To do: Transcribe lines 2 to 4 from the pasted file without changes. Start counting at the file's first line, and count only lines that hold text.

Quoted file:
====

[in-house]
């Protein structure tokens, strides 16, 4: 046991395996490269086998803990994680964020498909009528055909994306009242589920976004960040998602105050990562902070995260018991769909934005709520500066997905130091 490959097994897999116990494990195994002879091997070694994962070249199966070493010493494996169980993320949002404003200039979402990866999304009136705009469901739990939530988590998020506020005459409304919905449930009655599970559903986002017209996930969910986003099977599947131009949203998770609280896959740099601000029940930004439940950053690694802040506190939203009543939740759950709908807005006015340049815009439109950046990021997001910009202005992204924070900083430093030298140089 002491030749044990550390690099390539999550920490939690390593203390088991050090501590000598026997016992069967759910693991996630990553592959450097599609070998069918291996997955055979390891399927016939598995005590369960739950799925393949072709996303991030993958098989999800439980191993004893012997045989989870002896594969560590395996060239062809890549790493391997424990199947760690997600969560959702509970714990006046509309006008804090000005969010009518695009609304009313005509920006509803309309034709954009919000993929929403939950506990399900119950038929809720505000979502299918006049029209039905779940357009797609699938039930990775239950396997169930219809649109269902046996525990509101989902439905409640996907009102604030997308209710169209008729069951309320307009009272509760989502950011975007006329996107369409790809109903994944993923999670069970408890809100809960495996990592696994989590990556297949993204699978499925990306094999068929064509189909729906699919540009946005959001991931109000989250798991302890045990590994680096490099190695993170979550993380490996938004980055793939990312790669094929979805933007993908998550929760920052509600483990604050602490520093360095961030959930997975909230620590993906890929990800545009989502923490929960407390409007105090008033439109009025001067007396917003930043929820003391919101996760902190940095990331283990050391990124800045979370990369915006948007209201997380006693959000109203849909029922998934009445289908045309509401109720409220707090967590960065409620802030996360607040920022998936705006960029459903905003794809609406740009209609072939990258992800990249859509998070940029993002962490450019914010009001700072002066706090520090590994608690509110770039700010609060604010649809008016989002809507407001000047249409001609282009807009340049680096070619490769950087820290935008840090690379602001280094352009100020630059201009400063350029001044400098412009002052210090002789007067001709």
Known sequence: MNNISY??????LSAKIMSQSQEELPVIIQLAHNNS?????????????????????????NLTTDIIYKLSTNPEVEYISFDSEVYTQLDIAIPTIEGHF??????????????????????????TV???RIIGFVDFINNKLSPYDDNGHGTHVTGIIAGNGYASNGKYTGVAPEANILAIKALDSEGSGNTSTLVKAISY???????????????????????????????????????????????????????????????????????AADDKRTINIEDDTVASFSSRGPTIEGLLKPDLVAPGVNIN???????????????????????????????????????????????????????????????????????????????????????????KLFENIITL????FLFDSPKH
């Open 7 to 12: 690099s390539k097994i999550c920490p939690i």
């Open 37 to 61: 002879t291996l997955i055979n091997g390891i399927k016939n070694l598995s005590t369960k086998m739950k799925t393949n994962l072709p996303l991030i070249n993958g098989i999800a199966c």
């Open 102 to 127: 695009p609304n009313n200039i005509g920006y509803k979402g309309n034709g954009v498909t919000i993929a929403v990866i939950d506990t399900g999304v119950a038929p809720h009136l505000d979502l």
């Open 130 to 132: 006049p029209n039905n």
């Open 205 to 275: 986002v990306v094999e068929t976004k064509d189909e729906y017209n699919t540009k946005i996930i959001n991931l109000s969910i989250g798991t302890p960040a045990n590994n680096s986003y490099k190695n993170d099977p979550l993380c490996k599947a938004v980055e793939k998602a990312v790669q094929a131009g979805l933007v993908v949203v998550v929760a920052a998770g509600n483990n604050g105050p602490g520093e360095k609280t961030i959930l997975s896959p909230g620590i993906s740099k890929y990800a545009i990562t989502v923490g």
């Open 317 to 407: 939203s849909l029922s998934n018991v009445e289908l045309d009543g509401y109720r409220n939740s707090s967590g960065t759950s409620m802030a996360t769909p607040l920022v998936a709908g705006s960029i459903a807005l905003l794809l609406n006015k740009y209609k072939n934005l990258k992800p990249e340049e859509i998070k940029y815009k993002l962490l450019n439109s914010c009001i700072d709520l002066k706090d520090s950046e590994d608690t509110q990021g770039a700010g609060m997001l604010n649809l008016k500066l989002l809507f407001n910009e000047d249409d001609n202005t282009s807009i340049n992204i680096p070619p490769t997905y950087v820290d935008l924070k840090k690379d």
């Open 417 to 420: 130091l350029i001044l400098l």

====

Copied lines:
């Protein structure tokens, strides 16, 4: 046991395996490269086998803990994680964020498909009528055909994306009242589920976004960040998602105050990562902070995260018991769909934005709520500066997905130091 490959097994897999116990494990195994002879091997070694994962070249199966070493010493494996169980993320949002404003200039979402990866999304009136705009469901739990939530988590998020506020005459409304919905449930009655599970559903986002017209996930969910986003099977599947131009949203998770609280896959740099601000029940930004439940950053690694802040506190939203009543939740759950709908807005006015340049815009439109950046990021997001910009202005992204924070900083430093030298140089 002491030749044990550390690099390539999550920490939690390593203390088991050090501590000598026997016992069967759910693991996630990553592959450097599609070998069918291996997955055979390891399927016939598995005590369960739950799925393949072709996303991030993958098989999800439980191993004893012997045989989870002896594969560590395996060239062809890549790493391997424990199947760690997600969560959702509970714990006046509309006008804090000005969010009518695009609304009313005509920006509803309309034709954009919000993929929403939950506990399900119950038929809720505000979502299918006049029209039905779940357009797609699938039930990775239950396997169930219809649109269902046996525990509101989902439905409640996907009102604030997308209710169209008729069951309320307009009272509760989502950011975007006329996107369409790809109903994944993923999670069970408890809100809960495996990592696994989590990556297949993204699978499925990306094999068929064509189909729906699919540009946005959001991931109000989250798991302890045990590994680096490099190695993170979550993380490996938004980055793939990312790669094929979805933007993908998550929760920052509600483990604050602490520093360095961030959930997975909230620590993906890929990800545009989502923490929960407390409007105090008033439109009025001067007396917003930043929820003391919101996760902190940095990331283990050391990124800045979370990369915006948007209201997380006693959000109203849909029922998934009445289908045309509401109720409220707090967590960065409620802030996360607040920022998936705006960029459903905003794809609406740009209609072939990258992800990249859509998070940029993002962490450019914010009001700072002066706090520090590994608690509110770039700010609060604010649809008016989002809507407001000047249409001609282009807009340049680096070619490769950087820290935008840090690379602001280094352009100020630059201009400063350029001044400098412009002052210090002789007067001709």
Known sequence: MNNISY??????LSAKIMSQSQEELPVIIQLAHNNS?????????????????????????NLTTDIIYKLSTNPEVEYISFDSEVYTQLDIAIPTIEGHF??????????????????????????TV???RIIGFVDFINNKLSPYDDNGHGTHVTGIIAGNGYASNGKYTGVAPEANILAIKALDSEGSGNTSTLVKAISY???????????????????????????????????????????????????????????????????????AADDKRTINIEDDTVASFSSRGPTIEGLLKPDLVAPGVNIN???????????????????????????????????????????????????????????????????????????????????????????KLFENIITL????FLFDSPKH
């Open 7 to 12: 690099s390539k097994i999550c920490p939690i």